BWW Review: Theatre Artists Studio Presents INHERIT THE WIND
To see INHERIT THE WIND, in its current iteration at Theatre Artists Studio, is to revisit the endless battle between open-minded reason and the intolerance of blind faith. It is, as well, a golden opportunity to witness two bears of the stage ~ Michael Fleck and Tom Koelbel ~ have at each other in their portrayals of the goliaths that put the trial of the century on the map.
Inspired by the Scopes "Monkey" Trial of 1925, Jerome Lawrence and Robert E. Lee's dramatization substitutes small town Hillsboro for Dayton, Tennessee and poses Bertram Cates (Christian Boden) as John T. Scopes, the substitute high school teacher who violated the state's Butler Act, the legislation that criminalized the teaching of evolution.
An encounter of such magnitude, where nothing less than the right to think freely was on trial, required a match between two goliaths. For the prosecution ~ William Jennings Bryan, fiery fundamentalist, impassioned orator, three-time Presidential candidate. For the defense ~ Clarence Darrow, attorney for the damned, civil libertarian, and economic reformer.
In this staging of the controversial face-off between Darwinism (as represented by Fleck's Henry Drummond) and creationism (by Koelbel's Matthew Harrison Brady), director Judy Rollings has given her leads the latitude to define their characters in a way that magnifies the contrasts and the tensions between two former allies, now courtroom combatants.
Fleck plays the generally affable but sardonic and shrewd lawyer like a raging bull, at times mocking the court proceedings and at times storming into contemptuous ire at the public charade of virtue. Fleck's performance is as high octane and riveting as it gets.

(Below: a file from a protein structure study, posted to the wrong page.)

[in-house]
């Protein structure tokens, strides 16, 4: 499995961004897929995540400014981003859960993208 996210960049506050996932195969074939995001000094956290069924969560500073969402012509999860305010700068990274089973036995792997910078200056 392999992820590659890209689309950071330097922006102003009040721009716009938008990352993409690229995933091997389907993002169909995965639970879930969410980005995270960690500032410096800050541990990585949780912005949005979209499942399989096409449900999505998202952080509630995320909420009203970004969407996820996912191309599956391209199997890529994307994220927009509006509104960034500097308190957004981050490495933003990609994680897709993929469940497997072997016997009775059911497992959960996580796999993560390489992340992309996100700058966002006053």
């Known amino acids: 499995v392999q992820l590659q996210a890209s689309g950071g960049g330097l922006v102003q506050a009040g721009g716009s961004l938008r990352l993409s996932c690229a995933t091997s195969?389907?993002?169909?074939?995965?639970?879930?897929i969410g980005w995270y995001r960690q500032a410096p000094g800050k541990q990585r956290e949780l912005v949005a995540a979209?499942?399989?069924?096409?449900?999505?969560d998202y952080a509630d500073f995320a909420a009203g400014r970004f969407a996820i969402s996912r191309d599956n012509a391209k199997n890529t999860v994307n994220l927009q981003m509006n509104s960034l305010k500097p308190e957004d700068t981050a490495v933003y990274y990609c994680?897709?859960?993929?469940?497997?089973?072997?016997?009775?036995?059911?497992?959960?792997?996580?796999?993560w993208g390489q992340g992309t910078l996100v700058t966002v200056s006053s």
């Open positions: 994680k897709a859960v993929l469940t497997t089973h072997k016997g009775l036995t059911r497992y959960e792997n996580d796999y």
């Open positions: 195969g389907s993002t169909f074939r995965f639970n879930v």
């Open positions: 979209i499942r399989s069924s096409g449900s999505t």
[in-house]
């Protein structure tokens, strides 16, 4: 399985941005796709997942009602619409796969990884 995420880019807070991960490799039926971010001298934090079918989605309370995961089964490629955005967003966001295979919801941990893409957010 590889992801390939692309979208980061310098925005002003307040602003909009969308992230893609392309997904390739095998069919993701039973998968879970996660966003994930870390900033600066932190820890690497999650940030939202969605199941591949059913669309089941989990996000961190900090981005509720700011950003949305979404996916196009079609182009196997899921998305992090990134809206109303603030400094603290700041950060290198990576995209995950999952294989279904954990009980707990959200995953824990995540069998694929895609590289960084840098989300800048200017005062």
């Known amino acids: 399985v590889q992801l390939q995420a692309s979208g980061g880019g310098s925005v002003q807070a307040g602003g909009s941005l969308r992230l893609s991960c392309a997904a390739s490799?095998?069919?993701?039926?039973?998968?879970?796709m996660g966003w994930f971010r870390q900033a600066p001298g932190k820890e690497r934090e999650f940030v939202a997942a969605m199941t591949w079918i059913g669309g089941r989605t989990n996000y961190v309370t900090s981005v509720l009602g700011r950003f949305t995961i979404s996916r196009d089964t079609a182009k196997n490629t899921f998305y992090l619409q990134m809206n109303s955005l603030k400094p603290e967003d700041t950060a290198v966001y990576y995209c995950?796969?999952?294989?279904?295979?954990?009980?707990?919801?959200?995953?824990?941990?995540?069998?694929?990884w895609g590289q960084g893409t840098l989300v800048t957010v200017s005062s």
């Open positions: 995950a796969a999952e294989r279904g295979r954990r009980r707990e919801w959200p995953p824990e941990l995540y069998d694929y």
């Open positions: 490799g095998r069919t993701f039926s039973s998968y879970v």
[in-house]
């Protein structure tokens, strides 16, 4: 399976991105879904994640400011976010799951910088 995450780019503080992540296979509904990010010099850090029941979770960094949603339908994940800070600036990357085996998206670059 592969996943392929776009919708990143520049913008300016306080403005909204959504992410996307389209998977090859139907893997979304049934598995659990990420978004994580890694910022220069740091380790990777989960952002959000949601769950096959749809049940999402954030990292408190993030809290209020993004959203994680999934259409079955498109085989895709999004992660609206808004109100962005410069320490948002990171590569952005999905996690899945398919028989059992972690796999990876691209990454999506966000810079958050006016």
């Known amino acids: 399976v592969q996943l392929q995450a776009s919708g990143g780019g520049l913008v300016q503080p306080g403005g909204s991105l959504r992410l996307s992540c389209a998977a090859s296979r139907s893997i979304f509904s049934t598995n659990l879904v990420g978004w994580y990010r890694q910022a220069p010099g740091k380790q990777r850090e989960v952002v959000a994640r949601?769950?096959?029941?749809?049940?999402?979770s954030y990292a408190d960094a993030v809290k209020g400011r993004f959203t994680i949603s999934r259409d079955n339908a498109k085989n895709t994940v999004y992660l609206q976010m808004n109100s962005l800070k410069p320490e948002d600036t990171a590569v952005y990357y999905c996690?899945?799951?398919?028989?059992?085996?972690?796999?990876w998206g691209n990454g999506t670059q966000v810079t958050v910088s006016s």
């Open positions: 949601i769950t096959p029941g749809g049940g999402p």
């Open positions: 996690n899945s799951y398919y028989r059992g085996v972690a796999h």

Koelbel delivers the opposite effect ~ portraying Brady as a man now past his prime, still celebrated by the Bible Belt masses, and holding fast to his faith and the certainty of his beliefs. The once lionized Brady seems tamer and more subdued but no less self-righteous, making his ultimate fall from grace all the more poignant.
The first act is appropriately designed to set context and introduce central characters and townspeople ~ including Bert's girlfriend, Rachel (Elizabeth Broeder), torn between her affection for Bert and her loyalty to her father, the town's bible-thumping Reverend Brown (Al Benneian); the politically sensitive presiding judge (Charles Sowder); Brady's adoring and protective wife (Judy Lebeau); Meeker (Bill Mosley), the affable clerk of the court; and the town's solicitous mayor (George Cohen).
However, it is the trial in the second act, specifically Drummond's tenacious examination of Brady, that is the play's centerpiece. It is the moment for which we patiently wait and for which we are compensated royally. (What shall we make of the story of Jonah and the whale...or the age of a rock...or the difference between a man and a sponge!) Fleck and Koelbel give us what we want ~ palpable, provocative, and pulsating high drama.
Every courtroom drama needs reportage, and, in INHERIT THE WIND, that function is fulfilled by E.K. Hornbeck, the Baltimore Herald's muckraking reporter, come to Hillsboro to witness the spectacle. Walt Pedano fills the role perfectly as the skeptical and wisecracking observer of truth and justice the middle-American way.
The fact that the issues of the case have not yet been fully resolved in America's political landscape makes this production all the more compelling and timely.
INHERIT THE WIND runs through December 9th at The Studio in Scottsdale, AZ.
Photo credit to Mark Gluckman
L to R: Michael Fleck and Tom Koelbel
Theatre Artists Studio ~ https://www.thestudiophx.org ~ 602-765-0120 ~ 12406 N. Paradise Village Pkwy East, Scottsdale, AZ